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nate
28th August 2004, 18:06
Here's some photos of a very tame Eurycea tynerensis begging at the glass.

http://img.photobucket.com/albums/v436/burgundyeft/DSCN0912.jpg


http://img.photobucket.com/albums/v436/burgundyeft/DSCN0927.jpg

russ
28th August 2004, 22:00
I kept a few back in the eighties while I was in college at OSU. They got so habituated to my feeding routine that anytime you lifted the lid to their enclosure they'd immediately come out and set looking up waiting for the dried tubifex worms to come drifting down. They were great.

But is that the old "multiplicata" form?

RUSS

RUSS

nate
29th August 2004, 03:46
Hi Russ, that salamander would be identified as E. m. griseogaster in current field guides, but there is a major revision of Ozark/Ouachita Eurycea coming, so I'm going ahead and calling it what it will be, Eurycea tynerensis.

russ
29th August 2004, 13:26
That's what I had heard. What's going to be the end results of the revision?

And I was referring to the Cowboys!

RUSS

nate
29th August 2004, 16:01
Well...it's all a bit complicated, like the TX Eurycea. The end results will be this:

Eurycea multiplicata multiplicata will be split into 2 species occupying the Ouachita Mtns. of AR and OK.

Eurycea tynerensis will be expanded to include metamorphosing forms of what is now considered E. m. griseogaster in northeast OK, all of MO, and extreme northwest AR.

Two additional species will be described from the Ozarks; one with a very limited range in east-central OK and another with a large range across northern AR. I'm sure the name griseogaster will be ressurected for one of them.

Finally, Typhlotriton is now officially Eurycea because it turns out that tynerensis and the other two new forms are more closely related to grotto sals than they are to the Ouachita Eurycea multiplicata forms. Amazing, isn't it? Also, what is currently considered one species, E. spelaeus, is actually at least three, so you can expect the names braggi and nereus to be ressurected for them in the future.

(Message edited by nate on August 29, 2004)

nate
29th August 2004, 21:41
And a few more pics for good measure http://www.caudata.org/forum/clipart/hat.gif

http://www.caudata.org/forum/messages/13/21462.jpg

http://www.caudata.org/forum/messages/13/21463.jpg

http://www.caudata.org/forum/messages/13/21464.jpg

henk
2nd September 2004, 18:03
Nate if you have a white balance in your camera, I think you should experiment with that a bit. I'm sure this will make your shots better, currently they contain too much blue /UV. Just trying to help here...

I actually never saw any of these before and I'm surprised by their (tiny) size. Hope you well with them. I just got to see a giant cave salamander : Gyrinophilus gulolineatus (impressive)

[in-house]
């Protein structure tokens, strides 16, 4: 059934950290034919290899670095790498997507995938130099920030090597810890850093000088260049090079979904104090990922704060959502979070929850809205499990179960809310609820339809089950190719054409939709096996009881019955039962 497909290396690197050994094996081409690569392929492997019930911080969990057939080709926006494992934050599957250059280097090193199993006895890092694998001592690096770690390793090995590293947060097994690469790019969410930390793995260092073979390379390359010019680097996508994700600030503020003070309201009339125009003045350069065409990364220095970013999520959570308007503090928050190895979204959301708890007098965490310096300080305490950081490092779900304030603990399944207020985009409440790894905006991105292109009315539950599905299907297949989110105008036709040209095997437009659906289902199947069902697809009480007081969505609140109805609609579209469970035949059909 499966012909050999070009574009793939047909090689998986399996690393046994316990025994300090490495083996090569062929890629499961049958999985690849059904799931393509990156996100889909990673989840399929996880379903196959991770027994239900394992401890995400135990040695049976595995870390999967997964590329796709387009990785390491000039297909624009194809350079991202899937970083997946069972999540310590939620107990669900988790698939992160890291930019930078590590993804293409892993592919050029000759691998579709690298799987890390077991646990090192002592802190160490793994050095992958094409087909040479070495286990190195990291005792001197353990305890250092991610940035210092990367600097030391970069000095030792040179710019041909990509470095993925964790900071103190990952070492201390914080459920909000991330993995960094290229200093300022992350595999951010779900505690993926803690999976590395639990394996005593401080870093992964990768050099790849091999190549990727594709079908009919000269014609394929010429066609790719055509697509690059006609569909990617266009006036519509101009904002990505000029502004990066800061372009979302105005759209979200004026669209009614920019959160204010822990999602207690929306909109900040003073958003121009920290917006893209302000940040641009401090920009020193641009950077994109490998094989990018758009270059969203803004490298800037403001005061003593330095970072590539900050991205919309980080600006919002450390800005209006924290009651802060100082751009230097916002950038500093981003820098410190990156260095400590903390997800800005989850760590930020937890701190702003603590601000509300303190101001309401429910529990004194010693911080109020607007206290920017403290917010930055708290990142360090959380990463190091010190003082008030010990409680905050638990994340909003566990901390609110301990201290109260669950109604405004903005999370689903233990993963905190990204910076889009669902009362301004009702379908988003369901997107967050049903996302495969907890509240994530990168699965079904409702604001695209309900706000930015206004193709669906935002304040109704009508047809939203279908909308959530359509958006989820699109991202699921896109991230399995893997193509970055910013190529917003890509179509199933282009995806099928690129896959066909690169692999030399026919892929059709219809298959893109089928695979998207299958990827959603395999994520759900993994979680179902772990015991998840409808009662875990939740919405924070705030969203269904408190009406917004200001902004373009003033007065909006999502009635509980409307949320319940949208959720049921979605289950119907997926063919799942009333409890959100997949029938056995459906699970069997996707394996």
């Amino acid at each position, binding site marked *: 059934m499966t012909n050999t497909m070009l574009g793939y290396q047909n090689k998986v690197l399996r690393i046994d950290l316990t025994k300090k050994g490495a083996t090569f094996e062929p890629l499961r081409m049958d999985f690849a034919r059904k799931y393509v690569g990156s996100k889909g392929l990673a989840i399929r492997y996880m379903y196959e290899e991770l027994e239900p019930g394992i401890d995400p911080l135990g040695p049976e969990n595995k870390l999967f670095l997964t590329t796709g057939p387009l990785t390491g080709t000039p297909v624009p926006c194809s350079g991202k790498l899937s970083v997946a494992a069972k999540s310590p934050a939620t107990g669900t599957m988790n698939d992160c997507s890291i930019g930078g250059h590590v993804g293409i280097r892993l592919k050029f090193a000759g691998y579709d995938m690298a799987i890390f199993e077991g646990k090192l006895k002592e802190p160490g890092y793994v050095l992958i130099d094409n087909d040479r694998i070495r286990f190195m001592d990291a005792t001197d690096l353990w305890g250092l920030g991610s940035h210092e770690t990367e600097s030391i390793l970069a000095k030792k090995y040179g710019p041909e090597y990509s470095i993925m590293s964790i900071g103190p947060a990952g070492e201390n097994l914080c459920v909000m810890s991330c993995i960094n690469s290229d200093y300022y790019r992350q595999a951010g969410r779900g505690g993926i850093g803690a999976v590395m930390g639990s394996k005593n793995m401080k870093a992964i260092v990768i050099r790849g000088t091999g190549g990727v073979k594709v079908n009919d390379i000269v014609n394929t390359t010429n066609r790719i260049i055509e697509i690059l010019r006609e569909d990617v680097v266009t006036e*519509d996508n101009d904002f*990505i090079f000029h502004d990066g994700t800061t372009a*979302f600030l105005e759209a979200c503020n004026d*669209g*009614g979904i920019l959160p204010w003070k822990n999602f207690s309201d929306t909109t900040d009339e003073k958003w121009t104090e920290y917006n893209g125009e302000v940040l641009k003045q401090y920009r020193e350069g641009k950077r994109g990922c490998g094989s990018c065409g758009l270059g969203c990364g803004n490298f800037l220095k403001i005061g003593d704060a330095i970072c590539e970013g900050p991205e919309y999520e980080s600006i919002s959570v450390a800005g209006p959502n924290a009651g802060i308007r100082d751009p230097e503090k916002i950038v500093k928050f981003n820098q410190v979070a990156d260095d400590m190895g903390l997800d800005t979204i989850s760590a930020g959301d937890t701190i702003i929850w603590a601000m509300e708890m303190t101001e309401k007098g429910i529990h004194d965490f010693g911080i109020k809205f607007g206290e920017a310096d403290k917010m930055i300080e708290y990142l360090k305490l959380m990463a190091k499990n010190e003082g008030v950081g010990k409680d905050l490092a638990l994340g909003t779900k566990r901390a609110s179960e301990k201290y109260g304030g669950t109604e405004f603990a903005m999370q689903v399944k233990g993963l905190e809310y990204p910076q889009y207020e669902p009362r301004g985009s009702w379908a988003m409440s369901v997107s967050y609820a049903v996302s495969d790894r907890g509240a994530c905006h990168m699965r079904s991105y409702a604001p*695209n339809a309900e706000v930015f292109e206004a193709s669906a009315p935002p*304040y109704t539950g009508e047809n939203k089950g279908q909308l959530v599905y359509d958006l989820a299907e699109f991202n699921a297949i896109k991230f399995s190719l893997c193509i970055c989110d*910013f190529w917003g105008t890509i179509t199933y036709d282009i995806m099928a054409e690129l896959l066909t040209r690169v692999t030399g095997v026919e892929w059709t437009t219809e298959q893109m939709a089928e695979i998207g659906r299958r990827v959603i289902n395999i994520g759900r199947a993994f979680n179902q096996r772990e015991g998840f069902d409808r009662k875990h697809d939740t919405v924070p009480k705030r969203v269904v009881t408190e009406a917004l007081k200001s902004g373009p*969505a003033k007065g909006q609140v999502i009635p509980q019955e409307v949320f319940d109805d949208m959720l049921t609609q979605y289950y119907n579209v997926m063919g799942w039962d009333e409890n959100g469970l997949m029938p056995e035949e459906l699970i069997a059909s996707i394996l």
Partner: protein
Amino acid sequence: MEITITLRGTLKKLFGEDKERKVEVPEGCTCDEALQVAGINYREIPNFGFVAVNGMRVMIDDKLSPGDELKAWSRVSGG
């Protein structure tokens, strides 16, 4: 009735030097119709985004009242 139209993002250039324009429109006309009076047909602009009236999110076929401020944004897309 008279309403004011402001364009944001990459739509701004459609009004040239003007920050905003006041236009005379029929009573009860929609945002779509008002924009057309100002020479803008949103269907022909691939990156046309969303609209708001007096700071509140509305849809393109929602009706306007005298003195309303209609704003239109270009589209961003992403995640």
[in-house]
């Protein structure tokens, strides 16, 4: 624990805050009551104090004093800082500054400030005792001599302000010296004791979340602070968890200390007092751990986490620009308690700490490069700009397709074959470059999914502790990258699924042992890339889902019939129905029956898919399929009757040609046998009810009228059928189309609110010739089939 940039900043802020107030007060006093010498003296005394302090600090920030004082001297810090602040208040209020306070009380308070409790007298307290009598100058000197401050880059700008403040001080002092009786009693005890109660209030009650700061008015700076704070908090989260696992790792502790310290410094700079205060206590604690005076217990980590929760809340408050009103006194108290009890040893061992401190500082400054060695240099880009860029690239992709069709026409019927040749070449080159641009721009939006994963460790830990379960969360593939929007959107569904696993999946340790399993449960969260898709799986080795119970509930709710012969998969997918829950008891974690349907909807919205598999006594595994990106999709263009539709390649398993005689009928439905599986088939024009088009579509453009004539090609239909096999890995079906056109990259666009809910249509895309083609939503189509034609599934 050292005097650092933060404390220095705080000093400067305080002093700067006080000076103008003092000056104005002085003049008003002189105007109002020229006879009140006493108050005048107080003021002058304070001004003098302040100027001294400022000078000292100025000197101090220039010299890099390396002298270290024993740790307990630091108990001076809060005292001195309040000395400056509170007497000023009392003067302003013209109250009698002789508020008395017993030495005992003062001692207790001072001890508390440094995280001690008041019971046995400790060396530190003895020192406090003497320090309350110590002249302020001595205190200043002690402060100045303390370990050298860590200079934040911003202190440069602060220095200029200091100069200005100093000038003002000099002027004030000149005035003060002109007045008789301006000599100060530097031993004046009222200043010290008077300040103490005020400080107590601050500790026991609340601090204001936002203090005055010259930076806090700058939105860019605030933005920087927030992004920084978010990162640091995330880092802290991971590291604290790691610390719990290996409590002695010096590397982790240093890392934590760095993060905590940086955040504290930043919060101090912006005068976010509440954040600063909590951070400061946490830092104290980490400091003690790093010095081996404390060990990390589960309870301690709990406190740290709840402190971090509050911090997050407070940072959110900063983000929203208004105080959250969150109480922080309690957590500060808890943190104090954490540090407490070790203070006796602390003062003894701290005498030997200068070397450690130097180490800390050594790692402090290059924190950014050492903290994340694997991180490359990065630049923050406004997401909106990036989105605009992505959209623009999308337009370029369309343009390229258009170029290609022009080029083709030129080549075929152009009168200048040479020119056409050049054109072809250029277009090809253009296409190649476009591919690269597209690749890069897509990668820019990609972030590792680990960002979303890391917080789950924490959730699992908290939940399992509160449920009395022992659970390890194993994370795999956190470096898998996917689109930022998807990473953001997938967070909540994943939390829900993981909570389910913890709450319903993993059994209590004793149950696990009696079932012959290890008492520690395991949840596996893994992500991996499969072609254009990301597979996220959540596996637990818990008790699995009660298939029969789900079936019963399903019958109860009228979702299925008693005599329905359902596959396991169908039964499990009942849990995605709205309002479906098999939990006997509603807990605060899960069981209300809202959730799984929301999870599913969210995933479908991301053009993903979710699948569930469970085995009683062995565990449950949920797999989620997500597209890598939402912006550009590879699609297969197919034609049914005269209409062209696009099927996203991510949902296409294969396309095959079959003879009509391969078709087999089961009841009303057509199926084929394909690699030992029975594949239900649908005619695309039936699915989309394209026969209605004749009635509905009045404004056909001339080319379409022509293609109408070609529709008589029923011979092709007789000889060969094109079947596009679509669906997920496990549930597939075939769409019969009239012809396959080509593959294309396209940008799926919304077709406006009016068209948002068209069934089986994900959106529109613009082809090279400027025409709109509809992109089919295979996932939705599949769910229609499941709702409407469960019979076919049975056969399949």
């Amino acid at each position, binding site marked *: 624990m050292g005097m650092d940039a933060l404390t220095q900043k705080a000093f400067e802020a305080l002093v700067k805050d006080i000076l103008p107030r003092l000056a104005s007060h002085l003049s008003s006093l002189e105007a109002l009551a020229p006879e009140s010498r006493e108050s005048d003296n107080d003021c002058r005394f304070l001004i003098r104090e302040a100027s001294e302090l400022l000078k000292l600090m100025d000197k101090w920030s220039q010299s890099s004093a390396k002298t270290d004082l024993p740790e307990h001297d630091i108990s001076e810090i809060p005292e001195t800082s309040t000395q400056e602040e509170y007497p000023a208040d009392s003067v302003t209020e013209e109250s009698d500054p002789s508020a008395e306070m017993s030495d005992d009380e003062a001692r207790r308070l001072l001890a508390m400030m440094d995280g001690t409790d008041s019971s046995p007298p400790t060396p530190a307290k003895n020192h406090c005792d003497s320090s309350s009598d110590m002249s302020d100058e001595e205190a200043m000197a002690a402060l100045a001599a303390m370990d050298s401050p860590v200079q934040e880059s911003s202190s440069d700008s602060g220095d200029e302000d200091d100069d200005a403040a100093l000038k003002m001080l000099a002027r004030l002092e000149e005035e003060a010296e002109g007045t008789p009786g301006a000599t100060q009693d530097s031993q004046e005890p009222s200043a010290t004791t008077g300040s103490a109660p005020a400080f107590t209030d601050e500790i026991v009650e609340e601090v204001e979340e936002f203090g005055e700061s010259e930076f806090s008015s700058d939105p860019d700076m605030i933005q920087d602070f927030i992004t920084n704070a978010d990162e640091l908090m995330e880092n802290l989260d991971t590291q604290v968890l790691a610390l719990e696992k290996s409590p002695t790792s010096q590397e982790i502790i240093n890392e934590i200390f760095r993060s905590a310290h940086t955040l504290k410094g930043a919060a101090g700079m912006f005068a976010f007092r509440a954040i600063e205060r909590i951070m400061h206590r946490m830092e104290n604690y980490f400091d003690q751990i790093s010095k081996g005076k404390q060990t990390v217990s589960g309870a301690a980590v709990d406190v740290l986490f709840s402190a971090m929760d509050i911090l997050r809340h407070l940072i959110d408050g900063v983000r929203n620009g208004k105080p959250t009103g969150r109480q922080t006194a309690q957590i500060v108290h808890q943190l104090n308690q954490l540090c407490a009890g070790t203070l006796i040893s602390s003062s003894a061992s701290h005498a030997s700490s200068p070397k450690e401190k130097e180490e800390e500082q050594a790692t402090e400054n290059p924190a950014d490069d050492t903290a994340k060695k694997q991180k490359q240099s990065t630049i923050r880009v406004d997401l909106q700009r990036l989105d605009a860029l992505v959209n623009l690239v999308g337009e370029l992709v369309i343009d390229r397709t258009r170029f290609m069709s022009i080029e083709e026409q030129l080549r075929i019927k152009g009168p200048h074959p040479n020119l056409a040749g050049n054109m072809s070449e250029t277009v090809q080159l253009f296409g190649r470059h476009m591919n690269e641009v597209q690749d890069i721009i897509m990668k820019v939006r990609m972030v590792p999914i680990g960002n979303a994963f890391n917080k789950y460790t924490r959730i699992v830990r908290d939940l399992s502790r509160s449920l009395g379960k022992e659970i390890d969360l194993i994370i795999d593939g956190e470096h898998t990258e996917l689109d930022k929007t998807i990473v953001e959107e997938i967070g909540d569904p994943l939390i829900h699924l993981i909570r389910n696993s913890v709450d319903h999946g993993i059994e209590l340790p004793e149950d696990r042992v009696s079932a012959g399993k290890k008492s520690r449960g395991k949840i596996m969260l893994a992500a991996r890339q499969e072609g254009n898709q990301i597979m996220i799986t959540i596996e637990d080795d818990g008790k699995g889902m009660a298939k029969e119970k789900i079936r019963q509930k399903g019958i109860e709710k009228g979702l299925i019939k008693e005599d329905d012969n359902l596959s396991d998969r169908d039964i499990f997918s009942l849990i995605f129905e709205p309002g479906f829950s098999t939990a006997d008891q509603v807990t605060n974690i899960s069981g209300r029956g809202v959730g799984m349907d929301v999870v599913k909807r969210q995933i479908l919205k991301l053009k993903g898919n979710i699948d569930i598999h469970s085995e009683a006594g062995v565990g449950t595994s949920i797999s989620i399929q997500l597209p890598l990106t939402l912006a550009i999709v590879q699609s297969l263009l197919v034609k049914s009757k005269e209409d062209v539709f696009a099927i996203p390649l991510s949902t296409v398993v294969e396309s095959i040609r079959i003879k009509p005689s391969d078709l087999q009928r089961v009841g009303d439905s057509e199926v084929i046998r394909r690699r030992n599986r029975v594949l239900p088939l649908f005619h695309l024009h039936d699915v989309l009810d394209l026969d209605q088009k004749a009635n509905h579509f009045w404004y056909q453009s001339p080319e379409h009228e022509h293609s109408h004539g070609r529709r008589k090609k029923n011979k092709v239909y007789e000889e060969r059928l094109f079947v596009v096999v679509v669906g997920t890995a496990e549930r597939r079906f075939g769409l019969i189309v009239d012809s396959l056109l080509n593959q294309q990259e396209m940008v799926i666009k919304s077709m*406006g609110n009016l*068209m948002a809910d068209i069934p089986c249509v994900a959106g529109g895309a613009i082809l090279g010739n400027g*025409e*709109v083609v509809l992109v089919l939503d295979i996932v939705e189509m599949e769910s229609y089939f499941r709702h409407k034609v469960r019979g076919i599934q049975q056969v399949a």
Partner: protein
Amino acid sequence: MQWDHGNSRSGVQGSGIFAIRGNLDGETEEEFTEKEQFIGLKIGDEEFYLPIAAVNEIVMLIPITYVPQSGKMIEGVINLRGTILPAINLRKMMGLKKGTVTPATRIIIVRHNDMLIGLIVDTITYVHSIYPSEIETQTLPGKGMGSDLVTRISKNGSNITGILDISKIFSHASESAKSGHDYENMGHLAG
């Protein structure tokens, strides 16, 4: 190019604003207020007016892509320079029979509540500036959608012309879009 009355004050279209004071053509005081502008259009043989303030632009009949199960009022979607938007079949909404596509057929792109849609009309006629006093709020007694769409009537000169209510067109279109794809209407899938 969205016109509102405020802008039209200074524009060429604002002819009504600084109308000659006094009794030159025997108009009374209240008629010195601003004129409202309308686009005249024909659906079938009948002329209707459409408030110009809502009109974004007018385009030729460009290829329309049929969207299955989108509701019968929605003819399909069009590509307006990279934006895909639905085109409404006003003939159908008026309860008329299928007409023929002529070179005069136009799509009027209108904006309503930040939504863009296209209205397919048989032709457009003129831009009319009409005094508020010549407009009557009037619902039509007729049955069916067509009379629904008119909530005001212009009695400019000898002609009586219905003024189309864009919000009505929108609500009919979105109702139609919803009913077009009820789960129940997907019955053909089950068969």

nate
2nd September 2004, 19:40
Hi Henk, yeah, my color/light levels are really off, I realize. I have not been able to find a white balance.

henk
2nd September 2004, 22:05
Another trick is to edit the shot a little in a programm where you can bring down the blue balance. I hope you don't mind me doing so (it'sv your shot) but I have edited
What did I do :
- shift back the blue balance
- sharpen
- then denoise it

Tell me what you think about it (I have no idea if I come close to the norma colors though, but you lost the blue balance).

http://www.caudata.org/forum/messages/13/21707.jpg

henk
2nd September 2004, 22:06
PS. Total work time for this is about 3 minutes work (for low res images, high res takes much more)

nate
2nd September 2004, 22:17
that's right about perfect Henk, and thanks for the tip. I think this particular model of camera has a very difficult time taking normal photos under fluorescent aquarium lights for whatever reason

henk
3rd September 2004, 04:51
This is because the lightspectrum of such lamps is different from normal light and your camera can not handle this. I had the same with my former camera. Now mine has different settings and the possiblity to self-calibrating it by pointing at a white page and tell him 'this si white' so he adapts. TL lights are treaturus for shooting images, unless you use the flash (which might alsoi give a bit more blue).

joseph
7th September 2004, 23:18
Henk: Elaborate please?

henk
8th September 2004, 18:56
Joseph, what would you want me to elaborate on ? My camera or the light balance in TL lights ? For the latter you can see which spectrum they have when buying them some are more white, others yellow, some more UV. The systems that calibrate when taking a shot can be tricked if the total image gets a not normal balance of lightspectrum whereas it expects this to be 'normal'...
I for instance never (intentionally ... since I sometimes do forget to switch it off) use the automatic calibrating of the white balance in my camera. Instead I choose either shadow, sunlight or some other (I have about 5). Then I can also take a white sheet of paper and point my camera at it and tell it 'this is normal white', so he puts the balance where it should be.

With certain TL lights you get too much blue, with other too much yellow and sometimes you do not need to use TL's : go out in at noon and take a shot in sunlight in your garden. Then go back out in the evening and take the same shot when the sun is still up but it's getting later : the last shot will hold more colors, the shot at noon will be quite hard and blue too. reason : when the sun is up high or going down , the angle of the light/diffraction is different giving you another spectrum too. Anyway I hope this makes it a bit clearer, since I'm not a physician or specialistin the field.. I just try to adapt myself to a given situation